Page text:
In discussing teacher merit pay in Australia, many commentators take the chance to beat up on teacher unions for opposing it (either directly, or indirectly by dressing up pay-for-credentials schemes as merit pay). I’ve generally tried to avoid such an approach, partly because I think merit pay is extremely difficult from a teacher union leader perspective.
In the US, the best writing on this issue has come from Andrew Rotherham at Ed Sector, who has run a number of conferences to bring together union leaders and merit pay advocates. His latest paper is now up. Here’s a quote from the conclusion:
In 2004, Sandra Feldman, the late President of the American Federation of Teachers said, â€œTo pay teachers a lot more, and a lot sooner in their careers, we would have to redesign the compensation system. Along with significantly raising pay across the board, on top of the current schedules, we would have to find a way to reward different roles, responsibilities, knowledge, skills and, yes, results.â€
If that sounds forward-looking, thatâ€™s because it was and still is today. Despite a great deal of debate and some innovation, there is still more heat than light around performance-based pay or differentiated pay for teachers. Improvements in data, new initiatives, and even the support of some local teachersâ€™ unions for innovating with teacher pay, have paradoxically raised the stakes for teachersâ€™ unions in this debate. No longer can they easily stand on the rhetorical position that theyâ€™d support new ideas if only they were well-designed and fair. Such ideas are now within reach.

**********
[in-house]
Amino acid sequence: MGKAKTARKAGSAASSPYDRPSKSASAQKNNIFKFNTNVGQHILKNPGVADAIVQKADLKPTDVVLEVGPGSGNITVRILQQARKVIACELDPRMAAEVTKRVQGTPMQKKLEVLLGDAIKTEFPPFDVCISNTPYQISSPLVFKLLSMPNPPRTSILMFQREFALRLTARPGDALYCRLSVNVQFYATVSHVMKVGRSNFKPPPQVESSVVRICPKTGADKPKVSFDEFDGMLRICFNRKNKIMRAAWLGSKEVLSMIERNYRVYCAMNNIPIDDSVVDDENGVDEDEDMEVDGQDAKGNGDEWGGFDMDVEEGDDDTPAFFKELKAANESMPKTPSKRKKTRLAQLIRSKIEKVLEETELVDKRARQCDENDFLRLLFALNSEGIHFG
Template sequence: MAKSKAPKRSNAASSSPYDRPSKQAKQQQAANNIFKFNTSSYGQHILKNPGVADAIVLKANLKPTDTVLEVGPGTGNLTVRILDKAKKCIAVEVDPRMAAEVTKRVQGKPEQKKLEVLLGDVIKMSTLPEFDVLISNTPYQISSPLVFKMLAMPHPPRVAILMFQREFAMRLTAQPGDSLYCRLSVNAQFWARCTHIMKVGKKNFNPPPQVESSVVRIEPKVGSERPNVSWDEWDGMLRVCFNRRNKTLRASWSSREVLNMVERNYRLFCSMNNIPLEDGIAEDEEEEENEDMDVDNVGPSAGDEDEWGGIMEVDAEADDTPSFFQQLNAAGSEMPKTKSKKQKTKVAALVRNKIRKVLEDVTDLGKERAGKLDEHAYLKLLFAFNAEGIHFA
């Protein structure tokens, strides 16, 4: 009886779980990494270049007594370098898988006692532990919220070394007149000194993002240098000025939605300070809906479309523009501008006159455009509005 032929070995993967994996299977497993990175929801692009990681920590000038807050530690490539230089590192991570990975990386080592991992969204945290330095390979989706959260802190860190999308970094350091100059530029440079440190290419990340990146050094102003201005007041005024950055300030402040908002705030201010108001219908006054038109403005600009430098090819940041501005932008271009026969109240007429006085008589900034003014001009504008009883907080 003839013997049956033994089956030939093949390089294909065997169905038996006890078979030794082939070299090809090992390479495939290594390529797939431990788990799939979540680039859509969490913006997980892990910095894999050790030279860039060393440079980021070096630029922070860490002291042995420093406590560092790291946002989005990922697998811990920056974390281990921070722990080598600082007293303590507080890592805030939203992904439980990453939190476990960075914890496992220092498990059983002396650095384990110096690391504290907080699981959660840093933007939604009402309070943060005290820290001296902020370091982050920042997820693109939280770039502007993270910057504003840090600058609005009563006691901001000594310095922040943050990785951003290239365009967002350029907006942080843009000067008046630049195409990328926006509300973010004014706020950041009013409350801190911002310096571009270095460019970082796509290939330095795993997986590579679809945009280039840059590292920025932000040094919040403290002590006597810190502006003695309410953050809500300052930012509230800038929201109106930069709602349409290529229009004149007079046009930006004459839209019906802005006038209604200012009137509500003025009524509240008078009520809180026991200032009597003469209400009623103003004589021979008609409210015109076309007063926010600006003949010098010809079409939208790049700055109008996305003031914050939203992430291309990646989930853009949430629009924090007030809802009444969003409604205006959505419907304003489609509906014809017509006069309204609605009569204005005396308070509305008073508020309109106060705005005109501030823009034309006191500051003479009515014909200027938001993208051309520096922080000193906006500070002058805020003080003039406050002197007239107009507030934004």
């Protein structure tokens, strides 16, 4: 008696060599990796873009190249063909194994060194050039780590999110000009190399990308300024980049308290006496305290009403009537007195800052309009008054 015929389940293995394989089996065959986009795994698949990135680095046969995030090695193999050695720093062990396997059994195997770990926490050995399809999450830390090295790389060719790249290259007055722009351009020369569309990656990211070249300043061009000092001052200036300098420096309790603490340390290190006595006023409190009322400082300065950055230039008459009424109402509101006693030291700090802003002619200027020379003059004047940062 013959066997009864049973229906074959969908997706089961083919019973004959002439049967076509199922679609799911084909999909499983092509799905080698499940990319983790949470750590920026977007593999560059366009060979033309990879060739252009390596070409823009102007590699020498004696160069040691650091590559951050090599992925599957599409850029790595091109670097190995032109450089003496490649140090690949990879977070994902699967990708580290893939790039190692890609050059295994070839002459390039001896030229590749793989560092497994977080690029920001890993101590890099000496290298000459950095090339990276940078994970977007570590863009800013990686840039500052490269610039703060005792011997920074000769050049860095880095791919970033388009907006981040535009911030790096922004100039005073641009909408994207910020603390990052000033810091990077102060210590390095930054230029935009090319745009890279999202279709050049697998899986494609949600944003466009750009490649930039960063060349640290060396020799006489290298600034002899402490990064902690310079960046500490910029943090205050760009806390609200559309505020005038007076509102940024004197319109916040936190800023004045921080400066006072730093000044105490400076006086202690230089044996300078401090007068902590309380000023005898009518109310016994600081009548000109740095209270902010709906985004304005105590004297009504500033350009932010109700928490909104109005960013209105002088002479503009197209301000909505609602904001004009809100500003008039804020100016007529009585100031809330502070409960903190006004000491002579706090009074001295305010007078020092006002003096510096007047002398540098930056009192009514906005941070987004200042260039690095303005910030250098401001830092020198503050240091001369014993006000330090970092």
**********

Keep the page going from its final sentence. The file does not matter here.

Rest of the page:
Teachersâ€™ union leaders are thinking about these issues and recognize that younger teachers may want different things than veterans. Yet the dynamics of leading an organization mean that leaders are cross-pressured between demands for change, legitimate concerns about what is in the best interest of their members and the organization, and, as the Denver experience illustrates, disagreement within their ranks.
Update, March 10: Rotherham has a punchy little oped on this topic in today’s NYT.